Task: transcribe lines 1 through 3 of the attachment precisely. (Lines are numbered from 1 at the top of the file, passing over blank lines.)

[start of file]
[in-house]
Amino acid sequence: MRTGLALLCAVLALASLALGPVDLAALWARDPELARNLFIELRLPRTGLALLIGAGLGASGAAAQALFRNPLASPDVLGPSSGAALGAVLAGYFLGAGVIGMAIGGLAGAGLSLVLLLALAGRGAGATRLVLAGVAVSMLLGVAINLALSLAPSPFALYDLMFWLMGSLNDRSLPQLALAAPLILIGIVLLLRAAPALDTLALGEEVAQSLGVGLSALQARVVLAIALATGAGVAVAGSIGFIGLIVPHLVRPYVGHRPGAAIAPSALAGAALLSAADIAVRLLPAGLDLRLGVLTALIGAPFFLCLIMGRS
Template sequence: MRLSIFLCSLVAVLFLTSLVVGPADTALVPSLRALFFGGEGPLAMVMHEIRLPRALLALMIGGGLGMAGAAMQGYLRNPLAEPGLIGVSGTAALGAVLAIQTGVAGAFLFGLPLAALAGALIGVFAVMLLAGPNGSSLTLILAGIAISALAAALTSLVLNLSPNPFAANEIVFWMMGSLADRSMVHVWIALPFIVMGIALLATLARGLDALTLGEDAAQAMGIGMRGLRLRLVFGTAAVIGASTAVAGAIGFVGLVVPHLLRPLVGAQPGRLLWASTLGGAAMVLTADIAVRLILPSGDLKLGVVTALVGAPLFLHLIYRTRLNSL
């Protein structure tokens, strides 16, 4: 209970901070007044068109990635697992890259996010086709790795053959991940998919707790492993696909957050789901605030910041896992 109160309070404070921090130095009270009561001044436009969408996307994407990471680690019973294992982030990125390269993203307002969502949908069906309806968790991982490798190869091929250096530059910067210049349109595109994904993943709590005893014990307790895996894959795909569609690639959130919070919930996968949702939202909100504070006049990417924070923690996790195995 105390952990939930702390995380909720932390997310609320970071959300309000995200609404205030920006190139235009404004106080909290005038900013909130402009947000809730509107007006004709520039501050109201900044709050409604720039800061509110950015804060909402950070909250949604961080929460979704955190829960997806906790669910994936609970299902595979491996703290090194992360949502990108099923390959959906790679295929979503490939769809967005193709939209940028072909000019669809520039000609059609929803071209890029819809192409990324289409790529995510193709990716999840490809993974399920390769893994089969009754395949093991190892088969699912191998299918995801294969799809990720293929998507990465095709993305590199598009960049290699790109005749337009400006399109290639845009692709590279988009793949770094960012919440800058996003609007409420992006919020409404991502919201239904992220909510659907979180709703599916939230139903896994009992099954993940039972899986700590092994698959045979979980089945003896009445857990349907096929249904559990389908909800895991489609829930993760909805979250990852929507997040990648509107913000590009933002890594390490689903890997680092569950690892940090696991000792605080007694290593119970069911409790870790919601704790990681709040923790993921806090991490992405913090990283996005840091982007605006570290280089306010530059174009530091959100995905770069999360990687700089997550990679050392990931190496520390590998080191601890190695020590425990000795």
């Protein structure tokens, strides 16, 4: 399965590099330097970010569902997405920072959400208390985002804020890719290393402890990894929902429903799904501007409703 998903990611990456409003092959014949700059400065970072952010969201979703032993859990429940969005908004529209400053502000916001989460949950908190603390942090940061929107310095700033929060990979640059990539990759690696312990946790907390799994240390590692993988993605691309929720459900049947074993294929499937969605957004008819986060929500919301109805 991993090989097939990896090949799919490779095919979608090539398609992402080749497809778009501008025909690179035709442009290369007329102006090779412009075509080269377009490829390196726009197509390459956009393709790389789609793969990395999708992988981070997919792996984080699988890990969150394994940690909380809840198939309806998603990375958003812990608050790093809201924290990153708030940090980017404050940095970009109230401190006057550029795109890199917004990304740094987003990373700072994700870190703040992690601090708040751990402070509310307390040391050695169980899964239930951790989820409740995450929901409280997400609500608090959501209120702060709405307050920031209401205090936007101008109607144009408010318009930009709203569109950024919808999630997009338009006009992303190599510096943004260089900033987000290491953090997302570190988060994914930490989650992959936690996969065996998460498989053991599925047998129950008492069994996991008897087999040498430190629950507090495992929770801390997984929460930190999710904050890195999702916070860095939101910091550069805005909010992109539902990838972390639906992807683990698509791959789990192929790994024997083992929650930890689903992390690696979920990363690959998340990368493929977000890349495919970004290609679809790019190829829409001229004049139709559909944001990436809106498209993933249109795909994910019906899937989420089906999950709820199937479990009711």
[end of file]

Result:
[in-house]
Amino acid sequence: MRTGLALLCAVLALASLALGPVDLAALWARDPELARNLFIELRLPRTGLALLIGAGLGASGAAAQALFRNPLASPDVLGPSSGAALGAVLAGYFLGAGVIGMAIGGLAGAGLSLVLLLALAGRGAGATRLVLAGVAVSMLLGVAINLALSLAPSPFALYDLMFWLMGSLNDRSLPQLALAAPLILIGIVLLLRAAPALDTLALGEEVAQSLGVGLSALQARVVLAIALATGAGVAVAGSIGFIGLIVPHLVRPYVGHRPGAAIAPSALAGAALLSAADIAVRLLPAGLDLRLGVLTALIGAPFFLCLIMGRS
Template sequence: MRLSIFLCSLVAVLFLTSLVVGPADTALVPSLRALFFGGEGPLAMVMHEIRLPRALLALMIGGGLGMAGAAMQGYLRNPLAEPGLIGVSGTAALGAVLAIQTGVAGAFLFGLPLAALAGALIGVFAVMLLAGPNGSSLTLILAGIAISALAAALTSLVLNLSPNPFAANEIVFWMMGSLADRSMVHVWIALPFIVMGIALLATLARGLDALTLGEDAAQAMGIGMRGLRLRLVFGTAAVIGASTAVAGAIGFVGLVVPHLLRPLVGAQPGRLLWASTLGGAAMVLTADIAVRLILPSGDLKLGVVTALVGAPLFLHLIYRTRLNSL